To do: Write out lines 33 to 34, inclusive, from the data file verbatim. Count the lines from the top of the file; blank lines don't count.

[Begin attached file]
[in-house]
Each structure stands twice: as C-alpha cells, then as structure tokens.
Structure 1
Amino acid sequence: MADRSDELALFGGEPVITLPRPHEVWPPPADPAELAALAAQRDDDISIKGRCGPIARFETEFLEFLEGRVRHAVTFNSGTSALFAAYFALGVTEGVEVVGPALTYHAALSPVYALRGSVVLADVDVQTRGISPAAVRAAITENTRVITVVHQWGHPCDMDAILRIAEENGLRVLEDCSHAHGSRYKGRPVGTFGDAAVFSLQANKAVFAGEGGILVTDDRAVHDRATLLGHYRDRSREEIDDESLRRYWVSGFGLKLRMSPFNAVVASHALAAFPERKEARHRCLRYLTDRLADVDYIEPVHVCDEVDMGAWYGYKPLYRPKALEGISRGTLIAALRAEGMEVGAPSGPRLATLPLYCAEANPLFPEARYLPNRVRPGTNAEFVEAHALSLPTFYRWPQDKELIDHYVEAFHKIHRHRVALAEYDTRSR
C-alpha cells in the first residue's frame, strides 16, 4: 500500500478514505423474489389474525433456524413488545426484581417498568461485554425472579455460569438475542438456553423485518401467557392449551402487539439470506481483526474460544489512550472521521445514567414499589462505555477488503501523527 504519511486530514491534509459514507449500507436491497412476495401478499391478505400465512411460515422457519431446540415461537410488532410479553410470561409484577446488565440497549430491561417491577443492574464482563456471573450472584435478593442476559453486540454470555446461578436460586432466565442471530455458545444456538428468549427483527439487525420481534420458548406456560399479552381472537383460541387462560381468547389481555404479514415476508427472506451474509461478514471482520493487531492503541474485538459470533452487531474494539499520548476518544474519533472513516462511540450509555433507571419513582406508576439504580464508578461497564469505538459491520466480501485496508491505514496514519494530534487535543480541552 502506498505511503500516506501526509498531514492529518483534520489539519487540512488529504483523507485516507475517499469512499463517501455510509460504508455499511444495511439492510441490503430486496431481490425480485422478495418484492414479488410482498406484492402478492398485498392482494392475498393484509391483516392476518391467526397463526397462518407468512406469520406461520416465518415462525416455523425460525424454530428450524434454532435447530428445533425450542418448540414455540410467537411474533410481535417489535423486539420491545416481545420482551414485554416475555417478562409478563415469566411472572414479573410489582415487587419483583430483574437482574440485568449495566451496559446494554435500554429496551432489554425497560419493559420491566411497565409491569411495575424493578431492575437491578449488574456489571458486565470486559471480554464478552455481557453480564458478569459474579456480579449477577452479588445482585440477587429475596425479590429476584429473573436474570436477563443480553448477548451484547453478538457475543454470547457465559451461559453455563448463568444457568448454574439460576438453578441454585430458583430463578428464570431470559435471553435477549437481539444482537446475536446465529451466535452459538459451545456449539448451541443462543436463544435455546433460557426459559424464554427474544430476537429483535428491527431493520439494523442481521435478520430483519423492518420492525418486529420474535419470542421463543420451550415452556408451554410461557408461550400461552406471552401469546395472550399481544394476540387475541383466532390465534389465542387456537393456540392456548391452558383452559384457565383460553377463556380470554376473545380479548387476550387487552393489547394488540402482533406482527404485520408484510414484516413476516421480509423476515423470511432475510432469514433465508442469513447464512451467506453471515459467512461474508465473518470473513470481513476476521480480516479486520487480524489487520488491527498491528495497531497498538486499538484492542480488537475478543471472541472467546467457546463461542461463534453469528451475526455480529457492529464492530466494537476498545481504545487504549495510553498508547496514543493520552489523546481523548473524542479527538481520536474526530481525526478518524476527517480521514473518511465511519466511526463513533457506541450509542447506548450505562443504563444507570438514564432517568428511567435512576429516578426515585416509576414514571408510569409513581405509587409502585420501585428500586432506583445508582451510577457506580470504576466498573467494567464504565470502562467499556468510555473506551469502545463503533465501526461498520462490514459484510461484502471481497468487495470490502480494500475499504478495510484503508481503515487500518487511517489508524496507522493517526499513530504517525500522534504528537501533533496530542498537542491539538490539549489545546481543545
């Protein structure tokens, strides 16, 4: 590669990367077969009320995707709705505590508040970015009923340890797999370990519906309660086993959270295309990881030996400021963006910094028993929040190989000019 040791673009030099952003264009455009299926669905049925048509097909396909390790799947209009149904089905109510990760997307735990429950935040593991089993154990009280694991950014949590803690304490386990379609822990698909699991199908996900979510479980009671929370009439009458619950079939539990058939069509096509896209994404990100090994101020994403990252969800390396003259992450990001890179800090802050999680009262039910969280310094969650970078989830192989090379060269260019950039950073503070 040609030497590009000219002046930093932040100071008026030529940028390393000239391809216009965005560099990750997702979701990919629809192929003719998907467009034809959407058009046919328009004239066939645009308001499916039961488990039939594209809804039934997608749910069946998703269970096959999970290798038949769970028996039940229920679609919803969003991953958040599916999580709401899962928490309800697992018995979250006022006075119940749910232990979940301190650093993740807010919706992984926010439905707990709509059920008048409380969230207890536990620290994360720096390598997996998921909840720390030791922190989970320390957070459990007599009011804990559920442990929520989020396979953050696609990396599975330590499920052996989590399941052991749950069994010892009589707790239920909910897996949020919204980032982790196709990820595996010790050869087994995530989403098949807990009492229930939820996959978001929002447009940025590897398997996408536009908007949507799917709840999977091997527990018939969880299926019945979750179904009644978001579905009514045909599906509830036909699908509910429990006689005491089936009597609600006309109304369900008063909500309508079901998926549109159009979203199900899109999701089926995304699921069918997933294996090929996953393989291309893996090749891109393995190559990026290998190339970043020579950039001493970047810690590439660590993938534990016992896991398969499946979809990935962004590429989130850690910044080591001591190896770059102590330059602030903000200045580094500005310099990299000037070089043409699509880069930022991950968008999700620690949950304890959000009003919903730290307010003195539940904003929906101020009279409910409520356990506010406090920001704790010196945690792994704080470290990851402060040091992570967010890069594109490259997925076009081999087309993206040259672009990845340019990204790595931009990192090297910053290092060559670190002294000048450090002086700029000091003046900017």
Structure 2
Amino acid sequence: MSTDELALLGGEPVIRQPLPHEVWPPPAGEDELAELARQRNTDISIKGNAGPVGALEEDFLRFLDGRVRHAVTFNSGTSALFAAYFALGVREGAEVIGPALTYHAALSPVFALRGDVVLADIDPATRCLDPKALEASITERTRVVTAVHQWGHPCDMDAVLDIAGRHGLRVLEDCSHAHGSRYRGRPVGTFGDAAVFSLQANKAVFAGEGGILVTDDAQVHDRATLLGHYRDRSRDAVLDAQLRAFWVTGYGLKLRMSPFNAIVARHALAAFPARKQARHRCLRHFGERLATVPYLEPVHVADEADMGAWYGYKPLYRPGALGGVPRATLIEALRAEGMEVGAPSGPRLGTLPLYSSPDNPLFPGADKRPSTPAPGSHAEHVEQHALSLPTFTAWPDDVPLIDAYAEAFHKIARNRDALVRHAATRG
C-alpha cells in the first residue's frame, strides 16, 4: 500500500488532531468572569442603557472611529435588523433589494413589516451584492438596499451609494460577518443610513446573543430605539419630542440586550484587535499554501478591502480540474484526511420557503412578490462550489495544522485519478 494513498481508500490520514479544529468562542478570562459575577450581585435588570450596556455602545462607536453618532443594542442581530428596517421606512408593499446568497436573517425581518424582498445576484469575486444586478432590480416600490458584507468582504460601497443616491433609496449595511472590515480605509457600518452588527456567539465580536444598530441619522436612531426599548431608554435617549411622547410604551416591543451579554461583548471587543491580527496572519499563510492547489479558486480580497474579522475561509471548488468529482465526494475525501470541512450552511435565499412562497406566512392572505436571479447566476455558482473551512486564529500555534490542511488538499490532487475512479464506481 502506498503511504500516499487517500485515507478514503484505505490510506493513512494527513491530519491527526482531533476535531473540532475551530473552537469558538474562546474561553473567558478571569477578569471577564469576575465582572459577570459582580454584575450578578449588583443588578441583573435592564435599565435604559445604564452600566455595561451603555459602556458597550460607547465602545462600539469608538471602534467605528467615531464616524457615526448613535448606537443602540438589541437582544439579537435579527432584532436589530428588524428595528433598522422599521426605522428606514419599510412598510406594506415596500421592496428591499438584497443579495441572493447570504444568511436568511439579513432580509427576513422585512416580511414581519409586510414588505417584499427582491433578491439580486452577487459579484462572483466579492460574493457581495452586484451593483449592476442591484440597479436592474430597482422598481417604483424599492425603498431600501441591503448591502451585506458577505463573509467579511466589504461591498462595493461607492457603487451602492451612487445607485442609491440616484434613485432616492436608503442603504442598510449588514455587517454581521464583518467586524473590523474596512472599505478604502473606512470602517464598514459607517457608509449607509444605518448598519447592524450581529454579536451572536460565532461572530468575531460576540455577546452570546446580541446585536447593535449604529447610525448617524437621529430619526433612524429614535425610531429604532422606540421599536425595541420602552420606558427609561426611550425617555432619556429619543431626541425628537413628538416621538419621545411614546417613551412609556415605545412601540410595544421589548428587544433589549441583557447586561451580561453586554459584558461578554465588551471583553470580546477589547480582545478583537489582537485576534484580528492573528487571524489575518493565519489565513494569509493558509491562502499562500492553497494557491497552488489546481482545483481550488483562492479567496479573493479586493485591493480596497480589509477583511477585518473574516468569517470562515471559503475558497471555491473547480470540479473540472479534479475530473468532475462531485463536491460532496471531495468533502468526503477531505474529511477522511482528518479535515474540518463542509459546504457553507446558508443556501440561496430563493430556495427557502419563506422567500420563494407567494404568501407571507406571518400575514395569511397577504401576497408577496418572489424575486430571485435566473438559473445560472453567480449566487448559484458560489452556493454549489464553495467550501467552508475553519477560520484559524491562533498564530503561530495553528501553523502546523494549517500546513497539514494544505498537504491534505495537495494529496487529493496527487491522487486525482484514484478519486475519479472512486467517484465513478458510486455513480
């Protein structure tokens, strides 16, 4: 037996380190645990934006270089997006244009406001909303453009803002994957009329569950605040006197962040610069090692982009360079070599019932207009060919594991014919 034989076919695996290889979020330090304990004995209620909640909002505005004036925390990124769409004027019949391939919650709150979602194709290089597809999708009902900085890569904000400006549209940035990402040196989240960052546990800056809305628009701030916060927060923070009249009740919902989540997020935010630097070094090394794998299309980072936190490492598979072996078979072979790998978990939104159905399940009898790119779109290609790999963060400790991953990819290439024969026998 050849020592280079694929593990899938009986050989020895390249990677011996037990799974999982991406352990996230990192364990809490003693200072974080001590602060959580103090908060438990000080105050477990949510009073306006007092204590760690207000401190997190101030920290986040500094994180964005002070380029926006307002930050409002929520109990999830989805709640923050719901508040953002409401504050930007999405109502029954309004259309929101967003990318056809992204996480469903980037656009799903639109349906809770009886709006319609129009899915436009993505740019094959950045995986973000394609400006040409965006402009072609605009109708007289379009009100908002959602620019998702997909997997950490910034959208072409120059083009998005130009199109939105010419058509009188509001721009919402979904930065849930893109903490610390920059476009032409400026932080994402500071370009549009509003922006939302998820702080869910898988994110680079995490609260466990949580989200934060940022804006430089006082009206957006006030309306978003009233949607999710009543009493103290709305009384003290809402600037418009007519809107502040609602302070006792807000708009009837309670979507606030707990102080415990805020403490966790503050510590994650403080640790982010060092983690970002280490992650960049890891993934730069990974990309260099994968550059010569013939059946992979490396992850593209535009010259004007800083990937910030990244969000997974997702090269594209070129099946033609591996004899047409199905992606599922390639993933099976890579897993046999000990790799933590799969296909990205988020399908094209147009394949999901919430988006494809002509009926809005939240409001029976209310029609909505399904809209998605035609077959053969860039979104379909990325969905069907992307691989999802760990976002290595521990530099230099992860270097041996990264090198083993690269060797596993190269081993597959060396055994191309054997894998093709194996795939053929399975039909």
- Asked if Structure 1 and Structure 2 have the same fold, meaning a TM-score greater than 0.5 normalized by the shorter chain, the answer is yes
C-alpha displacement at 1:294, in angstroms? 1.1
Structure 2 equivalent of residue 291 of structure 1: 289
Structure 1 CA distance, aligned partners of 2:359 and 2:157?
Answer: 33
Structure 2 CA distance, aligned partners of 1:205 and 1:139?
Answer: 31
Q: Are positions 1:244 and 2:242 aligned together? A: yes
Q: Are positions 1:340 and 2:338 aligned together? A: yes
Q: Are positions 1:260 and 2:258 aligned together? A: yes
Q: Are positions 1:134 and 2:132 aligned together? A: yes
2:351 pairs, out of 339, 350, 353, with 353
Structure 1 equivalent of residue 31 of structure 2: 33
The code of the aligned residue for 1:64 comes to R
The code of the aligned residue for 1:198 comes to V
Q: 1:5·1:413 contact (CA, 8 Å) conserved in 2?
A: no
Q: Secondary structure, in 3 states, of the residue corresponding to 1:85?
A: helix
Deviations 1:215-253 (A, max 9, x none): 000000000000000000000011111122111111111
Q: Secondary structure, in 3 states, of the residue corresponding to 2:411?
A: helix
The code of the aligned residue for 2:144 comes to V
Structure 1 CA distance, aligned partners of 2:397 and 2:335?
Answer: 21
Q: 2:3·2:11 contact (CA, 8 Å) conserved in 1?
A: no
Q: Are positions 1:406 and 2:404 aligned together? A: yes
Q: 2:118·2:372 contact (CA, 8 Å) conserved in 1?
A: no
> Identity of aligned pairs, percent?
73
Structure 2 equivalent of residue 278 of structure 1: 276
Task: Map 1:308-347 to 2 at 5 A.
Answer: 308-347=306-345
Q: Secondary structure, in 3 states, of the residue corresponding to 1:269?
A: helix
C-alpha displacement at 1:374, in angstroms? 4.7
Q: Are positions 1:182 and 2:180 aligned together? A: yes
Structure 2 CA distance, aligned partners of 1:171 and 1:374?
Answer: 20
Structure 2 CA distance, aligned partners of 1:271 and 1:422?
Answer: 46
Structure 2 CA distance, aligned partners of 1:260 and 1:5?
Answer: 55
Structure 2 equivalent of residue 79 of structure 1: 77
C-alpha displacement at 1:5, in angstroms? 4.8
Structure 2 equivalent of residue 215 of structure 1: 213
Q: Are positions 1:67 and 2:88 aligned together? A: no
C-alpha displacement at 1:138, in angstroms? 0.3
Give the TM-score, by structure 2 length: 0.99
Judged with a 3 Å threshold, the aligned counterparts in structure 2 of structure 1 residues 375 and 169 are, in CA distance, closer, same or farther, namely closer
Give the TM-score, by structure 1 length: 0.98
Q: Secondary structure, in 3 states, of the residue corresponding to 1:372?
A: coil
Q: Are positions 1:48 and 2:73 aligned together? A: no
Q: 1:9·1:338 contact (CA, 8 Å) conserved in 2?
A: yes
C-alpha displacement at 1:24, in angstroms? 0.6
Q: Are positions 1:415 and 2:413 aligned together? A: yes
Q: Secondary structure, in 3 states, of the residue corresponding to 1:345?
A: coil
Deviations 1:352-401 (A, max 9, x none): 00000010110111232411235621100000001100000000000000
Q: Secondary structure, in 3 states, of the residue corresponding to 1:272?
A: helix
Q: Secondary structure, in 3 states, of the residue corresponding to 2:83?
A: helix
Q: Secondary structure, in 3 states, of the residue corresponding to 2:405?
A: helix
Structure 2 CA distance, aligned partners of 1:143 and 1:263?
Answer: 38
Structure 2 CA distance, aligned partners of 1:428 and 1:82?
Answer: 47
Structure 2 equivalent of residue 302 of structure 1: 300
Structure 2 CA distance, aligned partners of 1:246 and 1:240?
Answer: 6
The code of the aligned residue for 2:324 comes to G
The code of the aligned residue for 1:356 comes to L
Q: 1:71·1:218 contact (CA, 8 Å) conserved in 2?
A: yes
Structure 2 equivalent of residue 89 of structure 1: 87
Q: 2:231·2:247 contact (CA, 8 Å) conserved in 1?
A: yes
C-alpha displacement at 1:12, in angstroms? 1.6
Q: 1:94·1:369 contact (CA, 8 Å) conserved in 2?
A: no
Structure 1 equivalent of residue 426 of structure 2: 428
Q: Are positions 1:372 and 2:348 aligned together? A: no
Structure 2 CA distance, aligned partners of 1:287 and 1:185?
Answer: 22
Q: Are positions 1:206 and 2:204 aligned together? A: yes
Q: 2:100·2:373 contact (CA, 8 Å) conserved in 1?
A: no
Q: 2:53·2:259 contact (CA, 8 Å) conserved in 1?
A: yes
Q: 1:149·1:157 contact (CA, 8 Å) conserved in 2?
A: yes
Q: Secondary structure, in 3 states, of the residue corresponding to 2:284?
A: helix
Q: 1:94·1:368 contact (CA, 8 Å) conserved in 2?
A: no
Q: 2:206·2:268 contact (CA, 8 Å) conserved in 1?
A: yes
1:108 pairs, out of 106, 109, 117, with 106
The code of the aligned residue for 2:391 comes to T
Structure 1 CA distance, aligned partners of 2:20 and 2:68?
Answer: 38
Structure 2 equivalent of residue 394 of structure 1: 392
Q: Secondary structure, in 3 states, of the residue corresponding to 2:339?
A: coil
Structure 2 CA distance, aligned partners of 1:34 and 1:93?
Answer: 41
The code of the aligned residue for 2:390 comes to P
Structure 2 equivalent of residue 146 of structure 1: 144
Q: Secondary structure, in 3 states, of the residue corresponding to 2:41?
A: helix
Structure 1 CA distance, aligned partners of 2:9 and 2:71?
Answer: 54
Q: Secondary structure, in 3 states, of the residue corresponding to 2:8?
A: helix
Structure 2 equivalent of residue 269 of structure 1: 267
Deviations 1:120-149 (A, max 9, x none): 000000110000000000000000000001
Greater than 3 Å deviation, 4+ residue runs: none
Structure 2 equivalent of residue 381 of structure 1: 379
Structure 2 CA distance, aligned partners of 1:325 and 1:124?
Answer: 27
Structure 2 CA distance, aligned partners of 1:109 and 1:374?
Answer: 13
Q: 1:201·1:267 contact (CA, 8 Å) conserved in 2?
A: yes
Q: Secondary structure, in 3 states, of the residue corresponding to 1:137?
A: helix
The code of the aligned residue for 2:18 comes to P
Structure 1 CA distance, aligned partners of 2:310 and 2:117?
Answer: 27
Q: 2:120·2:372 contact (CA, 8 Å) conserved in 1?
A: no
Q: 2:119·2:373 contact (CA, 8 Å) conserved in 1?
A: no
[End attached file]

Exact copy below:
The code of the aligned residue for 2:144 comes to V
Structure 1 CA distance, aligned partners of 2:397 and 2:335?